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June 03, 2016

Rape is Not a Metaphor for Sex

The words we use to talk about rape matter.

In 1983 the term “rape” was removed from the Canadian Criminal Code. It was replaced with the crime of “sexual assault” in order to make it clear that this crime covered more physical acts than just vaginal penetration. This has, however, contributed to reducing the use of the term “rape” at all.

Words like “non-consensual sex” and “sex crime” for rape serve to distance us from the violent reality suggested by the word “rape.” This distancing can be understandable, particularly when used by survivors in reference to their own experiences. But it can also be very harmful when these are the main terms we always use when discussing the issue.

We don’t have language in English for many forms of sexual assault. We don’t have a word for an unwanted kiss, for example, so we are left to use the word “kiss.” We are left to use a word that usually has very positive associations to describe something violent.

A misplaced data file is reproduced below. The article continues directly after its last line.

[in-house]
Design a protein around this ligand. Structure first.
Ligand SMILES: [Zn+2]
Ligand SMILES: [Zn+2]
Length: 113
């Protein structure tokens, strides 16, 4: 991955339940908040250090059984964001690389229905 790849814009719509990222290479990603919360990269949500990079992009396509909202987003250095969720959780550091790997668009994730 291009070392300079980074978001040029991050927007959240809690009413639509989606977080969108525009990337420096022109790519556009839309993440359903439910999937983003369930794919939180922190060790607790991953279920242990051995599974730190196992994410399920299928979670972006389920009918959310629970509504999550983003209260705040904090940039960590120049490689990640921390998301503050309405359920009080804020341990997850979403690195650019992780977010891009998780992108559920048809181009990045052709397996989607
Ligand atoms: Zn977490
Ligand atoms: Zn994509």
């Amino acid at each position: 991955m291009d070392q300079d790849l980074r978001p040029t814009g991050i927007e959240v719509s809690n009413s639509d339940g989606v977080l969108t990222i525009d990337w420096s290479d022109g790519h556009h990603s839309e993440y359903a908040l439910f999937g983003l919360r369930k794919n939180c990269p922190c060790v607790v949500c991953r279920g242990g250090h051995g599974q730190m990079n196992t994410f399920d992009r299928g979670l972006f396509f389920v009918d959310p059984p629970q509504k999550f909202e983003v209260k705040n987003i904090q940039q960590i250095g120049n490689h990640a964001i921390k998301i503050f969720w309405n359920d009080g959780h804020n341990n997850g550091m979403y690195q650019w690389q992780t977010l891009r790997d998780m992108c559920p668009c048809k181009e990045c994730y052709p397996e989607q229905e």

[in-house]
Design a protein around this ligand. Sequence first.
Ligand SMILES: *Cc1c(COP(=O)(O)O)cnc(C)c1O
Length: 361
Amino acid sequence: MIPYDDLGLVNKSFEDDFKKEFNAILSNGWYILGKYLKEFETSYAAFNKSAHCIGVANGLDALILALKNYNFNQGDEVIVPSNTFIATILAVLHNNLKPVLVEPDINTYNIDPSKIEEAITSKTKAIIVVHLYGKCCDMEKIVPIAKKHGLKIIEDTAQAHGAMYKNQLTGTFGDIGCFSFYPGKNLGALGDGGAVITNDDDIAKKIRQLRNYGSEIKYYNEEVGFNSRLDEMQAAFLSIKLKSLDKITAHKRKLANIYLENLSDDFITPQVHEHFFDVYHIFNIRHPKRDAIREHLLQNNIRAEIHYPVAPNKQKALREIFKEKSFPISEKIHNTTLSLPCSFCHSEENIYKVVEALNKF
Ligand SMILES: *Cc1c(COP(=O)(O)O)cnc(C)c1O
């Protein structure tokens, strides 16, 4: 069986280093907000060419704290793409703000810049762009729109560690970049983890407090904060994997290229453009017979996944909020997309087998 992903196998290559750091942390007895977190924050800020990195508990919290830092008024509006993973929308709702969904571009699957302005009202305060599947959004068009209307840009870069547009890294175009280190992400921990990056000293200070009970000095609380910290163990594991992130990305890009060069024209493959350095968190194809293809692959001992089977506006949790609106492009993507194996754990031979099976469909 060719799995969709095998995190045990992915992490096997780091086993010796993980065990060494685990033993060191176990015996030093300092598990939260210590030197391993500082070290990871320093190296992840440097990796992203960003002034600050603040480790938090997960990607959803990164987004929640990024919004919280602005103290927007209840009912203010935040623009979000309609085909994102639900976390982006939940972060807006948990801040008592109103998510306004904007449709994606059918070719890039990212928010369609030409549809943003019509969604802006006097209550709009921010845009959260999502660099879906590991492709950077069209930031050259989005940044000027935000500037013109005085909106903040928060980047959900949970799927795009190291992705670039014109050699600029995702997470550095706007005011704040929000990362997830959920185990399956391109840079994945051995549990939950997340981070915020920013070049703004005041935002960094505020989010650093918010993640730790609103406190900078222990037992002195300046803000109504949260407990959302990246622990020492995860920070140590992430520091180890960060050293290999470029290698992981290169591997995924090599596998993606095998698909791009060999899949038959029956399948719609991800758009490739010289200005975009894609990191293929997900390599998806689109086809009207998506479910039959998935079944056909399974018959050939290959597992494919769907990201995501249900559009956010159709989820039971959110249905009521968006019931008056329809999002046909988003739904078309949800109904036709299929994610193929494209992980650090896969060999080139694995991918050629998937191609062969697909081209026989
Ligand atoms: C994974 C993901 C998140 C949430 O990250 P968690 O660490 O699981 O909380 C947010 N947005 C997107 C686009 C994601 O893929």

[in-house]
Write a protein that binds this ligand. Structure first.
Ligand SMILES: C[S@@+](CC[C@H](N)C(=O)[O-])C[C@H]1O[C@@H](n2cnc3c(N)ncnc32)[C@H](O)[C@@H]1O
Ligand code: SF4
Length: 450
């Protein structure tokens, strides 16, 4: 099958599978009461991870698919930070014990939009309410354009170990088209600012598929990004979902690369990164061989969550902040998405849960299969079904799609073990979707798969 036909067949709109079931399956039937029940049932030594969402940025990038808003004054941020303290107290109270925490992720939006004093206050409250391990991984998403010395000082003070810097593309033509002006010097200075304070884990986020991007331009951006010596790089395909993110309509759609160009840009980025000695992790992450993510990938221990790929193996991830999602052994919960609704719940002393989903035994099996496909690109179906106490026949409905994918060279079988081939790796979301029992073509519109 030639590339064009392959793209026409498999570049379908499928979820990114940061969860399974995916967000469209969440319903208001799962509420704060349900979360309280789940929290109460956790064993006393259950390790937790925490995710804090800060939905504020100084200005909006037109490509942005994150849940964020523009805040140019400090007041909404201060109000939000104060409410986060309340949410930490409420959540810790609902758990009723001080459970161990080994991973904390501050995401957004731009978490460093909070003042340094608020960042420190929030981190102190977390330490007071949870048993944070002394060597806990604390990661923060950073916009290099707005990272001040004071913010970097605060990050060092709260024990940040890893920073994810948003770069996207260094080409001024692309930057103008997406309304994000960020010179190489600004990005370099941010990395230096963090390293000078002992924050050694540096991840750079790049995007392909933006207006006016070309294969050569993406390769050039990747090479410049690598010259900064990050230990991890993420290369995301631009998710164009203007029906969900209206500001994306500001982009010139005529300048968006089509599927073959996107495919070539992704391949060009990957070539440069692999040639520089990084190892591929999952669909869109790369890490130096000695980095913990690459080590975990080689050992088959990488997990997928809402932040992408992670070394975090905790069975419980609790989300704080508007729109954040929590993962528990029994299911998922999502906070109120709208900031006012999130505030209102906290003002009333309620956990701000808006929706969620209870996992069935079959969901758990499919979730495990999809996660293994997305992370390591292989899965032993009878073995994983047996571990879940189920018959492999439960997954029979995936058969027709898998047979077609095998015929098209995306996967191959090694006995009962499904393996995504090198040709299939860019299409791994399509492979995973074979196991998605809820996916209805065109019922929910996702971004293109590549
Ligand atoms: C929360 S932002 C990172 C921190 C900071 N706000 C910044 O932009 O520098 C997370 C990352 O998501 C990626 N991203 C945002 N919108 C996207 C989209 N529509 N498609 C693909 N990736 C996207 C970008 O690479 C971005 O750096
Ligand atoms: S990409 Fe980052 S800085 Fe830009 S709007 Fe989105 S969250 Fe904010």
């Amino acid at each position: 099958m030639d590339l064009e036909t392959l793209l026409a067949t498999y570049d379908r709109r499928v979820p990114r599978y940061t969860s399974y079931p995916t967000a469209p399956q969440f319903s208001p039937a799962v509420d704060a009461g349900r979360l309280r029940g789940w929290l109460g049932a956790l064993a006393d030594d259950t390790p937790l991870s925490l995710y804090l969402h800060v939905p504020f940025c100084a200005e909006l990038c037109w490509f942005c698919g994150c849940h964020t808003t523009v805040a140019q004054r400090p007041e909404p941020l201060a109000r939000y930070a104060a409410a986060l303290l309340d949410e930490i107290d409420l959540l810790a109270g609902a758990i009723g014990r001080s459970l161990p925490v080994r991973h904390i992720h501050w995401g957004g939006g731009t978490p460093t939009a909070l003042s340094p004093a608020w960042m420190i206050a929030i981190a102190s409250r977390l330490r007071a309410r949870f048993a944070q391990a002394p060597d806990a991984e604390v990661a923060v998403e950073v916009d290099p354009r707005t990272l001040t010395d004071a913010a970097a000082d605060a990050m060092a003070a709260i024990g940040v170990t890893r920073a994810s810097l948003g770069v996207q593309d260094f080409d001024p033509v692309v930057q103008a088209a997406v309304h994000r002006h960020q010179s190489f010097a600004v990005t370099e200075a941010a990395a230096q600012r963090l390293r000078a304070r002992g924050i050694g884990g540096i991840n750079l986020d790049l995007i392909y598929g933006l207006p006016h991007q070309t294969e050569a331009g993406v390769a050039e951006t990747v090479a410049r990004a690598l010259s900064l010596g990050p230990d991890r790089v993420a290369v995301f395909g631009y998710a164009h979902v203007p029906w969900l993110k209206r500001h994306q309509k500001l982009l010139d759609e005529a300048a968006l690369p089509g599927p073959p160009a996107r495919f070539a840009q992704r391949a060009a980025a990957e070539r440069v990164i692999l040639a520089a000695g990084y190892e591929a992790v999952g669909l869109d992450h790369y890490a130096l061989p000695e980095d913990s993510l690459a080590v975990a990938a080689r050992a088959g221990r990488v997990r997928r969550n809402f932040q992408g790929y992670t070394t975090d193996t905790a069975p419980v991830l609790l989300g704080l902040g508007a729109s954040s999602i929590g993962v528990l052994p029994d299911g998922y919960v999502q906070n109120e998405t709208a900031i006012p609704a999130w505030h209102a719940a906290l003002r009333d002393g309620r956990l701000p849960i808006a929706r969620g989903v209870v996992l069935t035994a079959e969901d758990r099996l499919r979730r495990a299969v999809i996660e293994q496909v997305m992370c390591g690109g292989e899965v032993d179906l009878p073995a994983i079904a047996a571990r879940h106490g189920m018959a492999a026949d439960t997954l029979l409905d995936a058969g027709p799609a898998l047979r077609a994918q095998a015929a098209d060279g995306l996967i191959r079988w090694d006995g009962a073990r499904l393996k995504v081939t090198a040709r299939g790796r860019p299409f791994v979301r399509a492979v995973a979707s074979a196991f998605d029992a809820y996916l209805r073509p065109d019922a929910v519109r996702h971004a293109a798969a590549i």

This gap can blur the boundary between consensual sex and rape in people’s minds. We think of “being kissed” as a pleasant thing. We think of “having sex” as an enjoyable activity. When we talk about rape and sexual assault we need to be absolutely clear that these are distinct from consensual acts.  

Rape is rape. It’s not a metaphor for sex.

 

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